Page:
What is a play date? A play date is a preplanned, scheduled opportunity for two or more children to get together and play. Play dates can happen at people’s homes, parks, children’s museums or anywhere children can have a good time and interact with one another. For toddlers
and young preschoolers
, parents of each child usually attend until the adults and children feel comfortable with one another, become familiar with the location and understand that parental behavior expectations can be very different.
Children need unstructured, relaxed time to spend alone and also with children of the same age. When playing with others, they learn socialization skills like cooperation and attempts at sharing. But most importantly, they should have fun.
If our children are at Lightbridge Academy all week do they really need play dates, too? Children who spend time in preschool
or child care
have lots of socialization opportunities. Weekend time as a family is a precious commodity that doesn’t need to be compromised by play dates. The number of play dates our children have doesn’t make them more popular or you better parents. Relax; children grow up just fine with or without play dates.
Childhood play dates aren’t as tricky as high school dates, but there are some basic guidelines that can help make the experience more successful for you and your little one.
Choose a location that allows for active play.
Locations that require sitting and being quiet like libraries, movie theaters or performing arts locations will be frustrating for the children if their main objective is to play. A home or park is good places to start.
Limit the number of children.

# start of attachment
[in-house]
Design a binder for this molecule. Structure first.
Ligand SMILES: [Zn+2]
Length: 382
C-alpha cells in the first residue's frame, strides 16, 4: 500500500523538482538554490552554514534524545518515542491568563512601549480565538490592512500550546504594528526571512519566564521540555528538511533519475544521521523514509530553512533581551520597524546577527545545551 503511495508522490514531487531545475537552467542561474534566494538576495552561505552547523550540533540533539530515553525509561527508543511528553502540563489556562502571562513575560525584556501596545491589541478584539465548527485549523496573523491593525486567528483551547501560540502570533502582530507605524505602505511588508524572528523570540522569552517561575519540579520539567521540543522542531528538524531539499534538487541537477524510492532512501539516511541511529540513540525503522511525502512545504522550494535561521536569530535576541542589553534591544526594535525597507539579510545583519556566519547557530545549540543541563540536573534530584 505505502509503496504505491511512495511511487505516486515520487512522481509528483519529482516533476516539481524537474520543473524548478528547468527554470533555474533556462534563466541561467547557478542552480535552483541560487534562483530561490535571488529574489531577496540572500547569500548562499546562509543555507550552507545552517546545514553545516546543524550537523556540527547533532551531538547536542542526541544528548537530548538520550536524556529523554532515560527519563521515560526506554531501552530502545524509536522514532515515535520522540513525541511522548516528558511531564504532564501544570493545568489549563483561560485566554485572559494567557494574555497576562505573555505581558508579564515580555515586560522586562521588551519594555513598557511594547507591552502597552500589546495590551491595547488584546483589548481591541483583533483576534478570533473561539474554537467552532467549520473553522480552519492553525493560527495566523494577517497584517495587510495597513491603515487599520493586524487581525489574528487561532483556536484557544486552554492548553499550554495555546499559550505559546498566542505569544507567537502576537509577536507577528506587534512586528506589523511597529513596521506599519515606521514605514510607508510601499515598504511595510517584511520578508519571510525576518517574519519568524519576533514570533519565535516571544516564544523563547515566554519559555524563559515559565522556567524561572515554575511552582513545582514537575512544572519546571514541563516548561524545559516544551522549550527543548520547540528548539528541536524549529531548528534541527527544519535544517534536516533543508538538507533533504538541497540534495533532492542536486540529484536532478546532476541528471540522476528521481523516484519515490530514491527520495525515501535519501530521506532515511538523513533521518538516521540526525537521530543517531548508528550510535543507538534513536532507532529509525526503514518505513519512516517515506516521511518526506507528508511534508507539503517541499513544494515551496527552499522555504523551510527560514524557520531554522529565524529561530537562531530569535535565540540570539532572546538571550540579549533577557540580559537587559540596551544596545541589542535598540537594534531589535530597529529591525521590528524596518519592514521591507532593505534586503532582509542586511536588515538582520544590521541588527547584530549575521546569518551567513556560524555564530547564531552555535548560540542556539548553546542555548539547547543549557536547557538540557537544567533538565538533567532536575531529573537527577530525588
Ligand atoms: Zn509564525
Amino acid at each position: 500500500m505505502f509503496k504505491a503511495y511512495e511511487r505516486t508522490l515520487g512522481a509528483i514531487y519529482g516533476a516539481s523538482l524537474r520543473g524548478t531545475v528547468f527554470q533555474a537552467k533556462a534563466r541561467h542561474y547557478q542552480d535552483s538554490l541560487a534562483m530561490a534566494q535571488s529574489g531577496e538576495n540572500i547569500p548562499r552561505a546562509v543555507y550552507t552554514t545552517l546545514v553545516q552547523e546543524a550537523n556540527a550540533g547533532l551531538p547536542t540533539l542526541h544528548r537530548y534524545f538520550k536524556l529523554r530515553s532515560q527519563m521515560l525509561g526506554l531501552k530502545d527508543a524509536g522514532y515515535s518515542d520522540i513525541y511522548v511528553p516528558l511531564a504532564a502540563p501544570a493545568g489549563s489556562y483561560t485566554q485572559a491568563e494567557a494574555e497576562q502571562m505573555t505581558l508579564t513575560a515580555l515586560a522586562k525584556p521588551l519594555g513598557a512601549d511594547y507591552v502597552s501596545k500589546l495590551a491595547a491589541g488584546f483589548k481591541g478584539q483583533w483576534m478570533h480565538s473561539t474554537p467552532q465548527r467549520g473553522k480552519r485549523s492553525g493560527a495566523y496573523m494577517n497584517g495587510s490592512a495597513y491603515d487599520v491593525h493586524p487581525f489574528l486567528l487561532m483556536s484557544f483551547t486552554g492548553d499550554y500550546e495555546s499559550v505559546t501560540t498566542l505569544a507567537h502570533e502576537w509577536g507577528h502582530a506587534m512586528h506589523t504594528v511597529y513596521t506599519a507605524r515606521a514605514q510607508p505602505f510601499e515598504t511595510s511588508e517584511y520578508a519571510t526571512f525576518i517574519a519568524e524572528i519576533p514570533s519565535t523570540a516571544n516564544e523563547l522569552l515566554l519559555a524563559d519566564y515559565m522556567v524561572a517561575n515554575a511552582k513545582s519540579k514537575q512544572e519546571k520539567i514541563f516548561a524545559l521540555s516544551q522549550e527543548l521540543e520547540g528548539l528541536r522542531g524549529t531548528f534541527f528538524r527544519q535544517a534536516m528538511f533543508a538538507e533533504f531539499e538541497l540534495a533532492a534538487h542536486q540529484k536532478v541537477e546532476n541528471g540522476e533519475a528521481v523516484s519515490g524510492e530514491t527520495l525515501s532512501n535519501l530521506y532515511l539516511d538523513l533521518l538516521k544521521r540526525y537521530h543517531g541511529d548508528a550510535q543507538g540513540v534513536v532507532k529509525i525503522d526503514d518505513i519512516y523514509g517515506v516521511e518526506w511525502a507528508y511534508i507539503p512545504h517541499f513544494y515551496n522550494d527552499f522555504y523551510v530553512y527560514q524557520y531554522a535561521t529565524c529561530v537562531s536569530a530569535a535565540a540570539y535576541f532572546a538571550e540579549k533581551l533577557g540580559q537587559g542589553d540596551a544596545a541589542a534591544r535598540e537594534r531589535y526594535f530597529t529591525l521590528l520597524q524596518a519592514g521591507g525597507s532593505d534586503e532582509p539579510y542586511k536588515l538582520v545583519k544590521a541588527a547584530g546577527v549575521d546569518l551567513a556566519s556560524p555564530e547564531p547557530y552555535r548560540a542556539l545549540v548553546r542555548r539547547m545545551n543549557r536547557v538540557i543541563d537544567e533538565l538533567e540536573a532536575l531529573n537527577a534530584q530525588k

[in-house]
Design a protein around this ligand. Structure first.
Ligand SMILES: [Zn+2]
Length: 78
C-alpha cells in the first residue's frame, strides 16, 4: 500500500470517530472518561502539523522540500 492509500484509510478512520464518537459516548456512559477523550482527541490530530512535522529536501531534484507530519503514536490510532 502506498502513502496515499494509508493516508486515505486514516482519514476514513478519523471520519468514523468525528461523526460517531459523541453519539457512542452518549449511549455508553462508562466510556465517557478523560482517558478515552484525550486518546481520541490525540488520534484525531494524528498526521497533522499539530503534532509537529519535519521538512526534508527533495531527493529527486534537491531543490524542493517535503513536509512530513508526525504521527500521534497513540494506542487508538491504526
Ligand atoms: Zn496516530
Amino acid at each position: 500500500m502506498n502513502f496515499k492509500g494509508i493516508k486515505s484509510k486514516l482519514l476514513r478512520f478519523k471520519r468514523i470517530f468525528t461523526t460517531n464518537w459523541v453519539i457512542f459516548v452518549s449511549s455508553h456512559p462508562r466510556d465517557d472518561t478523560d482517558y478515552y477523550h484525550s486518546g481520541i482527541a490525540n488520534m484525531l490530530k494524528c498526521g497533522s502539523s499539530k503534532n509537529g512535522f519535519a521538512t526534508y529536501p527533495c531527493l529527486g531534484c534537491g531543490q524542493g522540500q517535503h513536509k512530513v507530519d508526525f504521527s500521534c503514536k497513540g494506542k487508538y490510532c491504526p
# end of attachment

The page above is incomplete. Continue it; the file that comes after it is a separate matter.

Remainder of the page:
The more children who are in a playgroup, the more interaction and the greater chance of squabbling. Older children may want to choose whom to invite.
Schedule an hour or so.
Give children adequate time to warm up to each other and enjoy playing, but be aware that after an hour even the children best at sharing can start to tire.
Put away special toys.
Before the playmates arrive, let your child chose two or three toys to put away that they would not be required to share.
Establish a sick policy.
Parents have different expectations regarding children and illness. If runny noses aren’t welcome, make that clear when you set up the play date.
Let children play at their own pace.
Although we may be anxious for our child to play with others, give them time to warm up and accept that young children may choose to play independently.
Give an ample good-bye warning.
Give your child a five-minute warning before it’s time to go. You’re more likely to have a smooth transition leaving if they have a chance to finish playing. Give a longer warning if you want to include time for clean up.
As children get older and more familiar with people and places away from home, they’re able to have play dates where we drop them off for a few hours alone. And those are the very best play dates of all, except when it’s time to host the play date at your house.